Allison Ryder '06

The Camera, the Double and the Woman: Expressionist Transformations in Wenders' Himmel über Berlin and Tykwer's Lola rennt.

runlolarun My interest in film studies was sparked by a course I took with Professor Cafferty on post-War German film in the spring semester of my sophomore year, and I returned to this area of study for my honors project. In that course, we viewed Wim Wenders’ Der Himmel über Berlin and Tom Tykwer’s Lola rennt and were prompted to think about what similarities were shared by these two films. I later wrote a paper for a Film Narrative course, arguing that Tykwer’s film could be viewed as a direct response to Wenders’ work because each film shares an interest in exploring an intense romantic relationship, and does so by exploiting similar aesthetic techniques. While I was intrigued by my ideas, I was dissatisfied by my conclusions and decided to return to a close analysis of these two films in this independent study.

When I took a step back from my earlier thesis, I realized that the similarities and connections I saw in these two films were strongly tied to German Expressionism. This style of filmmaking arose in the 1920s during the Weimar Republic, at a time when Germany was confronted with feelings of hopelessness after the loss of World War I. I defined Expressionism by its interest in portraying a chaotic and distorted world and named its most prominent filmmakers and their most prominent aesthetics and themes. For example, F.W. Murnau pioneered the mobile camera in Der Letzte Mann, Robert Wiene filmed shadowy, jagged backgrounds in Das Cabinet des Dr. Caligari, Stellan Rye examined the split self in the doubling of Balduin in Der Student von Prag, and Fritz Lang explored the danger present in the potentially duplicitous woman in Metropolis. I looked to critic Sabine Hake’s interpretation of expressionist film to provide an overarching definition of this style for my thesis; she believes that these Weimar films combine showing(aesthetic techniques) and telling(narrative structures) to create a completely new type of cinema. I argued that, while other scholars classified them as New German Cinema Autorenfilme, Wenders’ and Tykwer’s films are connected because they borrow convincingly and consistently from German Expressionism. In part one of my thesis, I analyzed each film’s opening sequence, which employs the mobile camera to give a sense of the setting and juxtaposes the tension of the soundtrack with the observation powers of a meditative camera. I examined each film’s “red scenes,” in which the main characters share a dialogue about their relationships, and argued that the use of this color creates a contrast that reflects the emotional intensity of expressionism. In part two, I focused first on Wenders’ doubling of a male character to reflect his split desires and the doubled woman, who poses a threat to male independence. I then explored Tykwer’s Lola, who is doubled with her father in the woman-meets-monster confrontation that finds its root in Caligari.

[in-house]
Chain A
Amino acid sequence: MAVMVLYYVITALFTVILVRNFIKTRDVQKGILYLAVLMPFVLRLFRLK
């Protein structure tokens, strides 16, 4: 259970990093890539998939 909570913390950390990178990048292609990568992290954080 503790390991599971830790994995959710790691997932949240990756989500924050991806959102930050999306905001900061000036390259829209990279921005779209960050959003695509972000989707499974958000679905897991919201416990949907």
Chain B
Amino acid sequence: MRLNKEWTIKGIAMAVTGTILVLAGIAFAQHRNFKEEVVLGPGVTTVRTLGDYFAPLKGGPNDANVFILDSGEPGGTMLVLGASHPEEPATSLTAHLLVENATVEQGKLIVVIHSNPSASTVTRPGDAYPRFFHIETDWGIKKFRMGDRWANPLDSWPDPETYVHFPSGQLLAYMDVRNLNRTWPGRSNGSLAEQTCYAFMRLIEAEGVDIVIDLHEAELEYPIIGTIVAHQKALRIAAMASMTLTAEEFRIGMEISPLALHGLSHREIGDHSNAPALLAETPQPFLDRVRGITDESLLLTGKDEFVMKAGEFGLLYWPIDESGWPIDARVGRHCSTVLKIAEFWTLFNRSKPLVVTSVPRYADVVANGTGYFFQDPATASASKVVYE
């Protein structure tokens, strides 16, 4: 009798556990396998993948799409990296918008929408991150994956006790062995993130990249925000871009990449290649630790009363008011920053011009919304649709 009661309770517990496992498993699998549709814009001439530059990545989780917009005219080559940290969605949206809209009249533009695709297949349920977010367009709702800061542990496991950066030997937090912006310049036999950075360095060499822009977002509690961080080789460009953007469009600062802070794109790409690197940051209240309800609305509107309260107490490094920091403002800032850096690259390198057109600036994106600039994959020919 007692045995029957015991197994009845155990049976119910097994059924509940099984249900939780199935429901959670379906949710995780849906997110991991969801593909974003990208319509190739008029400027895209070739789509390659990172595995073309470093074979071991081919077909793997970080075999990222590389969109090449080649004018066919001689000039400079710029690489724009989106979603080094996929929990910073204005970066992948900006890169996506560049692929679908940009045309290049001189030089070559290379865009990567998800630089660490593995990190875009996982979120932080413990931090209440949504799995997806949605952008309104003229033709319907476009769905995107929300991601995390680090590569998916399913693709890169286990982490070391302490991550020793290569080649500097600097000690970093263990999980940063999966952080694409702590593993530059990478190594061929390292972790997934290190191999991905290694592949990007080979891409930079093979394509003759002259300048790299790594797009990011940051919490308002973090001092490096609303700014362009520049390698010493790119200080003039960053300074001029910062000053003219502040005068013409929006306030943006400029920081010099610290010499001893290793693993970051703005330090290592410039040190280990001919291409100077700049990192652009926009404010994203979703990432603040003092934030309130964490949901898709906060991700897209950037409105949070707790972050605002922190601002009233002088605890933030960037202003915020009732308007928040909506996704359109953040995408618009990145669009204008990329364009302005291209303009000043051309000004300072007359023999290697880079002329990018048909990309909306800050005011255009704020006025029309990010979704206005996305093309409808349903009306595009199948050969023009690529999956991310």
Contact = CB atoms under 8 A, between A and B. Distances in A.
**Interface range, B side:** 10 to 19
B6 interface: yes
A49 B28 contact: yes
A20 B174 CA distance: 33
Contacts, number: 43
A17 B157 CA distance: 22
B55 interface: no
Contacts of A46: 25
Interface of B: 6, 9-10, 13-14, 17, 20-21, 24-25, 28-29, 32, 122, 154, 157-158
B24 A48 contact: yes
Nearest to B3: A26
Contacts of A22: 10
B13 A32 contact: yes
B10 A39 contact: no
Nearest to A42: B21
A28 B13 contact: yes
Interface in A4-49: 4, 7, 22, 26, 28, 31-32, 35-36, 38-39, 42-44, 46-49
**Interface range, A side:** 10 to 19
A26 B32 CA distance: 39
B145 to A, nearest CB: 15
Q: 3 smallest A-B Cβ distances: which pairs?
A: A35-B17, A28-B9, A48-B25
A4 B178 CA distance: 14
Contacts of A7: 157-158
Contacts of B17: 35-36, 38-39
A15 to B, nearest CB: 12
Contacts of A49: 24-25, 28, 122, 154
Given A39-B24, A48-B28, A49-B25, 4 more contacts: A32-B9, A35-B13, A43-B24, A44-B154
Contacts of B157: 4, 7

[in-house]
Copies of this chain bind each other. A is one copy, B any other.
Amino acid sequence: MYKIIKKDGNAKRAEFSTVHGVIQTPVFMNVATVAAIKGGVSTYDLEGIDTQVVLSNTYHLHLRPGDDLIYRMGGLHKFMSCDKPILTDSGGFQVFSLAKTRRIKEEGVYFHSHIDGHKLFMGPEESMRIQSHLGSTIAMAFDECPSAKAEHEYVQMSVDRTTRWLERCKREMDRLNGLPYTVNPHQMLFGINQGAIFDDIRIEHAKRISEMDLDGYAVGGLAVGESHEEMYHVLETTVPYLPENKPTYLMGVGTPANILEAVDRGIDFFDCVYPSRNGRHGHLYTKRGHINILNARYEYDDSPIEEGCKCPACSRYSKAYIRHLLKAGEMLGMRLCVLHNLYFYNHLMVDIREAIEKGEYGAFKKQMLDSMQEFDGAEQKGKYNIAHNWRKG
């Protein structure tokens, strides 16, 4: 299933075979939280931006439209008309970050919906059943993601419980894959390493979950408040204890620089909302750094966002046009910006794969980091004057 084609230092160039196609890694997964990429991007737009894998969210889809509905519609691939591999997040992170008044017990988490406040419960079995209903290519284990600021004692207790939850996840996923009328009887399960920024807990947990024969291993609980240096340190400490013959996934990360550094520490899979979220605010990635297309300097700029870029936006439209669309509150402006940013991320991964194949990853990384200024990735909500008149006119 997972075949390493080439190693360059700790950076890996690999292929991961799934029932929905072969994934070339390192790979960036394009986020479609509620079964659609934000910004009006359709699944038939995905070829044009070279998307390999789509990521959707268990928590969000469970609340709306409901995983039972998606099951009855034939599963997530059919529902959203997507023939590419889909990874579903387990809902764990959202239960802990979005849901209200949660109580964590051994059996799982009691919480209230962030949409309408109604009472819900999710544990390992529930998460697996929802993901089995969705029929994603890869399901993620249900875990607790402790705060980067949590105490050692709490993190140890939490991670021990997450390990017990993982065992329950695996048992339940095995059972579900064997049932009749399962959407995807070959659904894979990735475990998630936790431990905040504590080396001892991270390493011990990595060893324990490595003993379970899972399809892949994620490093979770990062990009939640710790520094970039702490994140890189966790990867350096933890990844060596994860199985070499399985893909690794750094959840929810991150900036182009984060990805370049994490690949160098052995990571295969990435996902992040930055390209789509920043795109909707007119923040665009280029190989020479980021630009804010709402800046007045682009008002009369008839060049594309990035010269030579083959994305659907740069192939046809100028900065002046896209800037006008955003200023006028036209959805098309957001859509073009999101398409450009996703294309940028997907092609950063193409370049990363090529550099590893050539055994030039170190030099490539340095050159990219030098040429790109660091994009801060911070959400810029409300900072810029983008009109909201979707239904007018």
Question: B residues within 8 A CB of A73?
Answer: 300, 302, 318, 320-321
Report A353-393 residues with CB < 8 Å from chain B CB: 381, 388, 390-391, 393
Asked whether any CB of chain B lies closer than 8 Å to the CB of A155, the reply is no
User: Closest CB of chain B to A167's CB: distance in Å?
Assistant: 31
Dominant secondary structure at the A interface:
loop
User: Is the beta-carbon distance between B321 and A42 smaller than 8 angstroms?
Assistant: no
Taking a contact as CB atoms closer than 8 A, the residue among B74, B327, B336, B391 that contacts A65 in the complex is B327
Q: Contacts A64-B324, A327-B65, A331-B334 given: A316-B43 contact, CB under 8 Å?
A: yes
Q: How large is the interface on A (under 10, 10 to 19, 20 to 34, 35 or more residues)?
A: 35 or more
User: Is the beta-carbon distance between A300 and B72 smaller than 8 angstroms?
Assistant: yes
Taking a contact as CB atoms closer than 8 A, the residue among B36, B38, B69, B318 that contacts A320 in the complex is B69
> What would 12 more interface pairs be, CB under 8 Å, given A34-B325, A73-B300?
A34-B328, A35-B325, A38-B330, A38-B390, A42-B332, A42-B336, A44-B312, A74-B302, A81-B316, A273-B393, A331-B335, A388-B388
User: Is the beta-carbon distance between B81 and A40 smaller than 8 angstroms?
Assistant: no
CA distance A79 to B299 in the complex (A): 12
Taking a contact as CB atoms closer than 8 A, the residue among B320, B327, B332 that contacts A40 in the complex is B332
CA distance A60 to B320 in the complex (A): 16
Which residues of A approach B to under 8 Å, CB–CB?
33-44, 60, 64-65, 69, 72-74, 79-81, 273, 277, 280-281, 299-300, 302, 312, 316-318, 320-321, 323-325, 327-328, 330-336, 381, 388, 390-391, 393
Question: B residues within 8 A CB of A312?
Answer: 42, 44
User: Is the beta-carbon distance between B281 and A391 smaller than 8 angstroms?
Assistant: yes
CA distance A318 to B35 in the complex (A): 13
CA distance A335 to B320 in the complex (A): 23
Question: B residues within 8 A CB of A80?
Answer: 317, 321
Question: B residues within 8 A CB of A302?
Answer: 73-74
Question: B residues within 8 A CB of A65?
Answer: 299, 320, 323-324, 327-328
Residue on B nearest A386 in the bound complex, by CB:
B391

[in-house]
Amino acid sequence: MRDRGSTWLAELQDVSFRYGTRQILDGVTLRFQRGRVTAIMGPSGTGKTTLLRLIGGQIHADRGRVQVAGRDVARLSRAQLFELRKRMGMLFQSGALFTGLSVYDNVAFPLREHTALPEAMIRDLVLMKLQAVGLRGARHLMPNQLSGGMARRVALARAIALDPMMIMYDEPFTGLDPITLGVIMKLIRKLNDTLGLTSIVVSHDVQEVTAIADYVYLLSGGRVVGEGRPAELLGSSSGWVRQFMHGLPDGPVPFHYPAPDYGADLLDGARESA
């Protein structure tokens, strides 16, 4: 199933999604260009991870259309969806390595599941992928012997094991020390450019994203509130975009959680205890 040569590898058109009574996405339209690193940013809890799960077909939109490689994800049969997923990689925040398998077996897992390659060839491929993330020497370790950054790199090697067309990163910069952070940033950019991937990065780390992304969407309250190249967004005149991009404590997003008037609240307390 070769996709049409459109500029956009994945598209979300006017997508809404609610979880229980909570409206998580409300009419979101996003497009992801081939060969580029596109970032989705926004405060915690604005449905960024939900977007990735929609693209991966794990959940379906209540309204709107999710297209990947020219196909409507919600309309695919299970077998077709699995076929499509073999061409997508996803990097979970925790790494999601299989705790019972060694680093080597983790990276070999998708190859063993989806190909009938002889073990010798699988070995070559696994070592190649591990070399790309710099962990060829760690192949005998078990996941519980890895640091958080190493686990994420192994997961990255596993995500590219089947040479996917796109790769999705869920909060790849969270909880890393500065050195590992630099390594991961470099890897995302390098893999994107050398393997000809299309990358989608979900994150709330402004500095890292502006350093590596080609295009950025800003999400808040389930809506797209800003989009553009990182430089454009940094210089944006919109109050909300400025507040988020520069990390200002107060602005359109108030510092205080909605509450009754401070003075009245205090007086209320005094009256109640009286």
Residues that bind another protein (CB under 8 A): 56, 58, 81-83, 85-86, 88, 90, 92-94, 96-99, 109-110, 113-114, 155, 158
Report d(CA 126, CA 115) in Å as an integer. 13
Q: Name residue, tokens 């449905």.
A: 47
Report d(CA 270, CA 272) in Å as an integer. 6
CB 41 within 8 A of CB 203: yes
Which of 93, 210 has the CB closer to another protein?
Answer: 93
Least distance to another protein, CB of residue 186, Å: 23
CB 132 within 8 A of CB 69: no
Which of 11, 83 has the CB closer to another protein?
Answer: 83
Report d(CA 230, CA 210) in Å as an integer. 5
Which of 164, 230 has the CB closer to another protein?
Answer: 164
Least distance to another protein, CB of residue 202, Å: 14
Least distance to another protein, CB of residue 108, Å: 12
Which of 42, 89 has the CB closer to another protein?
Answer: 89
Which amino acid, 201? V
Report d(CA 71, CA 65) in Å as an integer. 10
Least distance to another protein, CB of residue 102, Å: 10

Working on this project with Professor Cafferty was both challenging and rewarding. While she pushed me to further explain and better understand my own ideas, she also encouraged me at every step of the researching, thinking, writing, and editing processes. Her knowledge and familiarity with these films as well as with German film history helped me develop my ideas, and her expectations of my work pushed me to become a better writer and thinker.